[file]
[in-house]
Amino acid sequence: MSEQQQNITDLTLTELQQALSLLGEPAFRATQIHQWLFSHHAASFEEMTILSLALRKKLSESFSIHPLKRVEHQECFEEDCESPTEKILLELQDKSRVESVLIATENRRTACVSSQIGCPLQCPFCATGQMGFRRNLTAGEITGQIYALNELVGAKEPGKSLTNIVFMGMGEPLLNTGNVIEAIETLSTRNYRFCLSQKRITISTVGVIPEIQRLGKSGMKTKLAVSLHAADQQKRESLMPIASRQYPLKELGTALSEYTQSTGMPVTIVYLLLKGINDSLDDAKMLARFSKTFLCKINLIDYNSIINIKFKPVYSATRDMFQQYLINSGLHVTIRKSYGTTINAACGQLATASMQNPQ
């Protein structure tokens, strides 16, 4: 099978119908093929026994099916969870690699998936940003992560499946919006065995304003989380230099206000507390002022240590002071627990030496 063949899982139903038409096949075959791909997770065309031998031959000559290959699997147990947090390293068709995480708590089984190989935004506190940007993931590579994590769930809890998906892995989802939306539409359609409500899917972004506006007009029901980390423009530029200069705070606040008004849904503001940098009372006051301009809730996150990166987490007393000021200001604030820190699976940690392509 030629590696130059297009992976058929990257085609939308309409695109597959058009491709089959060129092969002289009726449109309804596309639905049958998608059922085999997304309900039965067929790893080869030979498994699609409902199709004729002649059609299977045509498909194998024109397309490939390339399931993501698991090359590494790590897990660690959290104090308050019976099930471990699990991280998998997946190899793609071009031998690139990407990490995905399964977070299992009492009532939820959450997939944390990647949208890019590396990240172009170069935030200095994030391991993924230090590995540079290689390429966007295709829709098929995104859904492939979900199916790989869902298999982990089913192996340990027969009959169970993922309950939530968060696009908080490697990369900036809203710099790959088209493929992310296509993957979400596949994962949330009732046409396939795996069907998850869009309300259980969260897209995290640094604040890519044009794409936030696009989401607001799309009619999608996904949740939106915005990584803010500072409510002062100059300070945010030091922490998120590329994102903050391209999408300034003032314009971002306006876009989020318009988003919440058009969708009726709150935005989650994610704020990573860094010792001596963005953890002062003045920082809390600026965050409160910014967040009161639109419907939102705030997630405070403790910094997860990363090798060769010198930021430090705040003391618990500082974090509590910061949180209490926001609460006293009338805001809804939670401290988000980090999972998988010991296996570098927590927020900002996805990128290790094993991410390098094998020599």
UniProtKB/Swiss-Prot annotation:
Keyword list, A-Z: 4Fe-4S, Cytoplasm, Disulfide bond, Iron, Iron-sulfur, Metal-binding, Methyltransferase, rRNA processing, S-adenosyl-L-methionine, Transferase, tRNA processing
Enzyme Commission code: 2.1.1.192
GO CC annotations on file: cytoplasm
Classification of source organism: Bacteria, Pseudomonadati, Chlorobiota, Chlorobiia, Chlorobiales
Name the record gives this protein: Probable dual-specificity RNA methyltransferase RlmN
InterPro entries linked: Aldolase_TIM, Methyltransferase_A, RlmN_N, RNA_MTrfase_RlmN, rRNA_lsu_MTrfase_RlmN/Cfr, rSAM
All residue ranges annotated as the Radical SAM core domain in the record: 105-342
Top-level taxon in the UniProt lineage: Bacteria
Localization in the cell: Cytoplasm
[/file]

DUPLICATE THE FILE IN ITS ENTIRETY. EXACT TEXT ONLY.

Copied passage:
[in-house]
Amino acid sequence: MSEQQQNITDLTLTELQQALSLLGEPAFRATQIHQWLFSHHAASFEEMTILSLALRKKLSESFSIHPLKRVEHQECFEEDCESPTEKILLELQDKSRVESVLIATENRRTACVSSQIGCPLQCPFCATGQMGFRRNLTAGEITGQIYALNELVGAKEPGKSLTNIVFMGMGEPLLNTGNVIEAIETLSTRNYRFCLSQKRITISTVGVIPEIQRLGKSGMKTKLAVSLHAADQQKRESLMPIASRQYPLKELGTALSEYTQSTGMPVTIVYLLLKGINDSLDDAKMLARFSKTFLCKINLIDYNSIINIKFKPVYSATRDMFQQYLINSGLHVTIRKSYGTTINAACGQLATASMQNPQ
């Protein structure tokens, strides 16, 4: 099978119908093929026994099916969870690699998936940003992560499946919006065995304003989380230099206000507390002022240590002071627990030496 063949899982139903038409096949075959791909997770065309031998031959000559290959699997147990947090390293068709995480708590089984190989935004506190940007993931590579994590769930809890998906892995989802939306539409359609409500899917972004506006007009029901980390423009530029200069705070606040008004849904503001940098009372006051301009809730996150990166987490007393000021200001604030820190699976940690392509 030629590696130059297009992976058929990257085609939308309409695109597959058009491709089959060129092969002289009726449109309804596309639905049958998608059922085999997304309900039965067929790893080869030979498994699609409902199709004729002649059609299977045509498909194998024109397309490939390339399931993501698991090359590494790590897990660690959290104090308050019976099930471990699990991280998998997946190899793609071009031998690139990407990490995905399964977070299992009492009532939820959450997939944390990647949208890019590396990240172009170069935030200095994030391991993924230090590995540079290689390429966007295709829709098929995104859904492939979900199916790989869902298999982990089913192996340990027969009959169970993922309950939530968060696009908080490697990369900036809203710099790959088209493929992310296509993957979400596949994962949330009732046409396939795996069907998850869009309300259980969260897209995290640094604040890519044009794409936030696009989401607001799309009619999608996904949740939106915005990584803010500072409510002062100059300070945010030091922490998120590329994102903050391209999408300034003032314009971002306006876009989020318009988003919440058009969708009726709150935005989650994610704020990573860094010792001596963005953890002062003045920082809390600026965050409160910014967040009161639109419907939102705030997630405070403790910094997860990363090798060769010198930021430090705040003391618990500082974090509590910061949180209490926001609460006293009338805001809804939670401290988000980090999972998988010991296996570098927590927020900002996805990128290790094993991410390098094998020599």
UniProtKB/Swiss-Prot annotation:
Keyword list, A-Z: 4Fe-4S, Cytoplasm, Disulfide bond, Iron, Iron-sulfur, Metal-binding, Methyltransferase, rRNA processing, S-adenosyl-L-methionine, Transferase, tRNA processing
Enzyme Commission code: 2.1.1.192
GO CC annotations on file: cytoplasm
Classification of source organism: Bacteria, Pseudomonadati, Chlorobiota, Chlorobiia, Chlorobiales
Name the record gives this protein: Probable dual-specificity RNA methyltransferase RlmN
InterPro entries linked: Aldolase_TIM, Methyltransferase_A, RlmN_N, RNA_MTrfase_RlmN, rRNA_lsu_MTrfase_RlmN/Cfr, rSAM
All residue ranges annotated as the Radical SAM core domain in the record: 105-342
Top-level taxon in the UniProt lineage: Bacteria
Localization in the cell: Cytoplasm